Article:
Congress Returns; State of the Union Scheduled for Jan. 24
Higher Ed Groups File Brief in Churchill Case
ACE Annual Meeting Features Dynamic Speakers, Networking Opportunities
IN BRIEF: USAID Announces RFA for Higher Education Development Centers; Gross Accepts ED Position; ACE, NACUA Hold Events on Sexual Violence on Campus
The House of Representatives returned to work this week for the new congressional session, with the Senate slated to follow Jan. 26. Although the 2012 election has started drawing attention away from everything else in Washington, there remains critical legislation Congress must address in the coming weeks.
First on the agenda, Congress must revisit the payroll tax cut dispute that kept lawmakers working right up to Dec. 23 of last year. They were unable to agree on a long-term plan and simply extended the break until the end of February, along with a temporary extension of unemployment benefits.
However, last year's hard-fought battles are already coloring the new congressional session: The House voted 239-176 on Wednesday in favor of a resolution to protest President Obama's proposed increase in the debt limit, a symbolic action that will not actually prevent a rise in borrowing authority. Under last summer's budget deal—where Congress agreed to allow an increase of more than $2 trillion in the debt limit in exchange for spending cuts equal to that amount—lawmakers are allowed to vote against debt increases but not actually block them.
Also on deck is President Obama's State of the Union address, scheduled for Tuesday evening, Jan. 24. We have heard from several sources that the president intends to discuss college affordability, highlighting a handful of the many institutions that have designed programs to reduce costs for students and families. Vice President Joe Biden and Education Secretary Arne Duncan have been traveling around the country this month to talk with various groups about the issue, and we expect this focus to continue through the November election. If you have not yet done so, I encourage you to make sure the Education Department is aware of any initiatives your campus has to lower costs or increase productivity.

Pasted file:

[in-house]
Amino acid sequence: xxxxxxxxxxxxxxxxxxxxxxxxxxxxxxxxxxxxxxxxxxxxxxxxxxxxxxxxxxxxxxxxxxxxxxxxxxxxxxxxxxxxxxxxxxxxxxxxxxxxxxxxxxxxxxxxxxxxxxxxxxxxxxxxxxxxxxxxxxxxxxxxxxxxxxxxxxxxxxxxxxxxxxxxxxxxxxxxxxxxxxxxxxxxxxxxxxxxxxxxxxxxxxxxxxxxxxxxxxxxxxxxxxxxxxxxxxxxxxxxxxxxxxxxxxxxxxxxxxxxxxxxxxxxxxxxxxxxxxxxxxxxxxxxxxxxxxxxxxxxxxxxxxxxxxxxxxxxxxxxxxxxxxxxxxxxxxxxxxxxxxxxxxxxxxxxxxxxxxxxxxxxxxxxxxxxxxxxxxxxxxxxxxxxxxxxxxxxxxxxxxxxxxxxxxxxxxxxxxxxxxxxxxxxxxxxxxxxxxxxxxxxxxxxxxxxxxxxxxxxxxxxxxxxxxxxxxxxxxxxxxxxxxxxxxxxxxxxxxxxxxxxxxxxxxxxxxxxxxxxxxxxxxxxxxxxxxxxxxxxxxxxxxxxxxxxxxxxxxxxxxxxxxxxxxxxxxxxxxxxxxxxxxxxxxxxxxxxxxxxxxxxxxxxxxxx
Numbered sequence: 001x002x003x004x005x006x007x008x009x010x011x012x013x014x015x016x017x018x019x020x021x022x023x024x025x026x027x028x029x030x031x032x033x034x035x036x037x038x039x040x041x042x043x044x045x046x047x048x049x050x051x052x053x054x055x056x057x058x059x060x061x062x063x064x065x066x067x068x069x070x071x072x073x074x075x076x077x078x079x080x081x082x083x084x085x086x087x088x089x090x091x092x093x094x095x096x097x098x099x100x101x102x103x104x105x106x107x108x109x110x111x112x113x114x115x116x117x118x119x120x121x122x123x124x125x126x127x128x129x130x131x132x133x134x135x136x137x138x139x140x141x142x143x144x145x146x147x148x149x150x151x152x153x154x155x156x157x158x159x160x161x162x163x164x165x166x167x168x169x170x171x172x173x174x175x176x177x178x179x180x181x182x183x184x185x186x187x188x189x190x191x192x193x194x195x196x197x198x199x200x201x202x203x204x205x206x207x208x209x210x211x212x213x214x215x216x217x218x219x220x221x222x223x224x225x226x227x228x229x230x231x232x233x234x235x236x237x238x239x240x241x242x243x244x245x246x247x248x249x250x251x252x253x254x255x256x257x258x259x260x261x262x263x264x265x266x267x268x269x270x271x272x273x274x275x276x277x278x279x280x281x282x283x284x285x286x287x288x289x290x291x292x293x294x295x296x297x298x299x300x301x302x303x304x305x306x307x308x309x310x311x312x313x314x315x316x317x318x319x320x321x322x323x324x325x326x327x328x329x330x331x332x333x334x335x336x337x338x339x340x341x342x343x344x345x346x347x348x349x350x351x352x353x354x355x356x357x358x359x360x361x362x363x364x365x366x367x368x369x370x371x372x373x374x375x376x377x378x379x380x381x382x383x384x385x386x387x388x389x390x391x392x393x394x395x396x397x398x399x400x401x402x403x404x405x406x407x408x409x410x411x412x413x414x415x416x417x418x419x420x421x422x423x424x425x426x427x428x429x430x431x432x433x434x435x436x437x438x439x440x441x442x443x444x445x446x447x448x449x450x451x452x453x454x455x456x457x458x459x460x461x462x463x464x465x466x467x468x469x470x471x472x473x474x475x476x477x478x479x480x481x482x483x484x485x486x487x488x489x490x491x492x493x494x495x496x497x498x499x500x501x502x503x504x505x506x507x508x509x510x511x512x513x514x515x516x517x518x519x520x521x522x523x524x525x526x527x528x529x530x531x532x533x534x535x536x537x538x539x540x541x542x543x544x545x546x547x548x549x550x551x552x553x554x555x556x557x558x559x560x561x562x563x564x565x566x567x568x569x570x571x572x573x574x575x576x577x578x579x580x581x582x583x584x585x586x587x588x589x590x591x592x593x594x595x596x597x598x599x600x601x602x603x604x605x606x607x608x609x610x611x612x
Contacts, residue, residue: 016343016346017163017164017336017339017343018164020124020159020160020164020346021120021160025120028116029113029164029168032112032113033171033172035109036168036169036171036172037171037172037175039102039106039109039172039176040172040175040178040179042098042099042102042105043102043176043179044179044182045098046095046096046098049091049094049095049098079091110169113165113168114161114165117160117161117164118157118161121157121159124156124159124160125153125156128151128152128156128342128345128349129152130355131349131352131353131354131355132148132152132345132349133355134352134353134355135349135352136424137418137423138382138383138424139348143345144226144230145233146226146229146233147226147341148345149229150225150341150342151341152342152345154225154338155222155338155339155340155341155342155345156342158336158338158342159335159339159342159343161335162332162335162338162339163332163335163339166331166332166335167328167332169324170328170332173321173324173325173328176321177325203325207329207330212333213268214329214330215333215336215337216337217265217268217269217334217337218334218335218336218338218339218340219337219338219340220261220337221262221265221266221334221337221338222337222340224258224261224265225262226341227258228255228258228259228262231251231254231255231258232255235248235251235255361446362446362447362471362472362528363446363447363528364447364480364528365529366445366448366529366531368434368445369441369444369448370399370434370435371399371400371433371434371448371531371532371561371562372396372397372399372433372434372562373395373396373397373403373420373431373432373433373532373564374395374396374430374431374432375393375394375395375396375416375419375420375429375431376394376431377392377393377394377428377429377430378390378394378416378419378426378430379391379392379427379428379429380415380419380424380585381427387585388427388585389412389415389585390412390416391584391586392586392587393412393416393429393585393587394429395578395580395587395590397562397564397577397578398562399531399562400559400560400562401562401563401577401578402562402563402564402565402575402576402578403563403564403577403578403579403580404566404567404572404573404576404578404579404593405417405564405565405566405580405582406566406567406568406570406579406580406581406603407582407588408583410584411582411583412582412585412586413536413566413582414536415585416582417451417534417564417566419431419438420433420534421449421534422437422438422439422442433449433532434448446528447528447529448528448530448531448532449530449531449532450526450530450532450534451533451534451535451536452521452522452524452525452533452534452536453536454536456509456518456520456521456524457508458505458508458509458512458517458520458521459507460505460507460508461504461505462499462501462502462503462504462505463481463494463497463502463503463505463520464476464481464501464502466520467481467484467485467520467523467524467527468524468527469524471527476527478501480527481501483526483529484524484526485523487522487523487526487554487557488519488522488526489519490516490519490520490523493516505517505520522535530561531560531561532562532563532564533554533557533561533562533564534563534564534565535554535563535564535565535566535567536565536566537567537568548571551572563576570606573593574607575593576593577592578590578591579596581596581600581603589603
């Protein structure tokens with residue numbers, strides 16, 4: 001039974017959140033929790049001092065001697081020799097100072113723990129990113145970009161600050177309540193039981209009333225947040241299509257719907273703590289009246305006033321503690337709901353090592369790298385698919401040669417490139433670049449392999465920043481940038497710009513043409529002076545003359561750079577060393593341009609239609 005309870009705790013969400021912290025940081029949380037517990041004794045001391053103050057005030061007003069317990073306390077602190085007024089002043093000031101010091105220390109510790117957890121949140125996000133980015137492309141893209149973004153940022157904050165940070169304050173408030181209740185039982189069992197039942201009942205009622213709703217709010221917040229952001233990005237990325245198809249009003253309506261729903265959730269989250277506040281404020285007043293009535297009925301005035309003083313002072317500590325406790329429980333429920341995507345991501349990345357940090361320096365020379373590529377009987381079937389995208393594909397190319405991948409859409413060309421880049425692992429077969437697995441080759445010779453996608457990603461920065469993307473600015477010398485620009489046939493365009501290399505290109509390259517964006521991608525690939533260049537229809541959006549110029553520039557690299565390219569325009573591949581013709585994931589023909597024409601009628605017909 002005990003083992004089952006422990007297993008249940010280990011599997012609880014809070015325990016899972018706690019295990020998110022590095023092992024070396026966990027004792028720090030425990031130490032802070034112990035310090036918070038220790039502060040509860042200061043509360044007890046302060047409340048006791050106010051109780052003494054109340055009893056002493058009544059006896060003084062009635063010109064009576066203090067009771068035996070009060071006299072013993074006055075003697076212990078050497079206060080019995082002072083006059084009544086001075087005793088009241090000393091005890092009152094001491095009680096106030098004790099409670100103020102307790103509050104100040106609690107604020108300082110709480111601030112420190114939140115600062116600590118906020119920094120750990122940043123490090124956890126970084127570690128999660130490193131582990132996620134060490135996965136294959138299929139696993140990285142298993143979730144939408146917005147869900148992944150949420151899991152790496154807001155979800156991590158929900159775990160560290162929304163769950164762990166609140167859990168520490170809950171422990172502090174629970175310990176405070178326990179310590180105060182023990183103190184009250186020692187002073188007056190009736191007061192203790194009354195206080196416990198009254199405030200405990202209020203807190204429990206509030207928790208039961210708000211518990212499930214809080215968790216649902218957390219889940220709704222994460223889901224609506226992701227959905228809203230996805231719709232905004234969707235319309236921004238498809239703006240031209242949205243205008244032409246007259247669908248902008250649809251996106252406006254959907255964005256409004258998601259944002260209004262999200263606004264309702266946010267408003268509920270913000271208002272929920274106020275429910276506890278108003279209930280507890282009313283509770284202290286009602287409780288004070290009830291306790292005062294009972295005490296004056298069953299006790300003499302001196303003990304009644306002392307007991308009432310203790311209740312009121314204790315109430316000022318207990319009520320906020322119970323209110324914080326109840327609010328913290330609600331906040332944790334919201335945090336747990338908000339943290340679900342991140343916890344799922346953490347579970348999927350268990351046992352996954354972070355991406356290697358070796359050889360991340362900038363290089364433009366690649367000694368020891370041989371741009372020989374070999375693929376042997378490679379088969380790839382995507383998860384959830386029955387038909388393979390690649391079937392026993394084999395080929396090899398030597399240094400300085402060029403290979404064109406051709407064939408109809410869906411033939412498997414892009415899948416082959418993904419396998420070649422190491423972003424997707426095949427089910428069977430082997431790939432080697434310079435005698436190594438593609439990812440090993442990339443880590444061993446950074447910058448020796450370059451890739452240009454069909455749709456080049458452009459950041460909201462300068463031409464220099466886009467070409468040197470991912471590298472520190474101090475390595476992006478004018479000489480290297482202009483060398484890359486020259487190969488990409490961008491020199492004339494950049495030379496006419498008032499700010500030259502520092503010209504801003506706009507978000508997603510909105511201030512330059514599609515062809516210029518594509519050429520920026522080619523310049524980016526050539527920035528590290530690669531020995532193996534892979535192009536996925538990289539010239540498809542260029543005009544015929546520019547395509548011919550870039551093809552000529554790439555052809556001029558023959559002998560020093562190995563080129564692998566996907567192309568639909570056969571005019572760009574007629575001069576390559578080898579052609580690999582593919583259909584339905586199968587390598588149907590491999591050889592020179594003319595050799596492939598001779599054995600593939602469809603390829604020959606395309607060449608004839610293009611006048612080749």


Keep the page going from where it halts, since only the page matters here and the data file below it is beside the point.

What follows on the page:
ACE submitted an amicus brief to the Colorado Supreme Court Wednesday in support of the University of Colorado (CU) in Ward Churchill's continuing suit against the university.
Many of you will remember this high-profile case, which centers around the university's firing of the former CU-Boulder professor for academic misconduct in 2007. Churchill sued the university after his termination, making two claims. First, he argued his First Amendment rights were violated when the university launched an investigation into the content of his writings and speeches. Second, he argued he was fired in retaliation for publishing a controversial essay comparing victims of the Sept. 11, 2001, attacks to Adolf Eichmann and not for research misconduct, as the university asserts.
The university agreed the essay was protected speech but made the decision to terminate Churchill as a result of its investigation, which turned up complaints that he had plagiarized some of his other work. Churchill was originally awarded $1 by a Denver jury, but Denver District Judge Larry Naves set that verdict aside in favor of the university. The Colorado Court of Appeals upheld Naves' decision in 2010. We are requesting the Supreme Court uphold the appeals court decision—to overturn it would not only infringe on the institutional autonomy that is the cornerstone of academic freedom, but would chill universities' incentive to provide robust internal processes for faculty misconduct proceedings.
The brief was also signed by the American Association of State Colleges and Universities, the Association of American Universities and the National Association of Independent Colleges and Universities.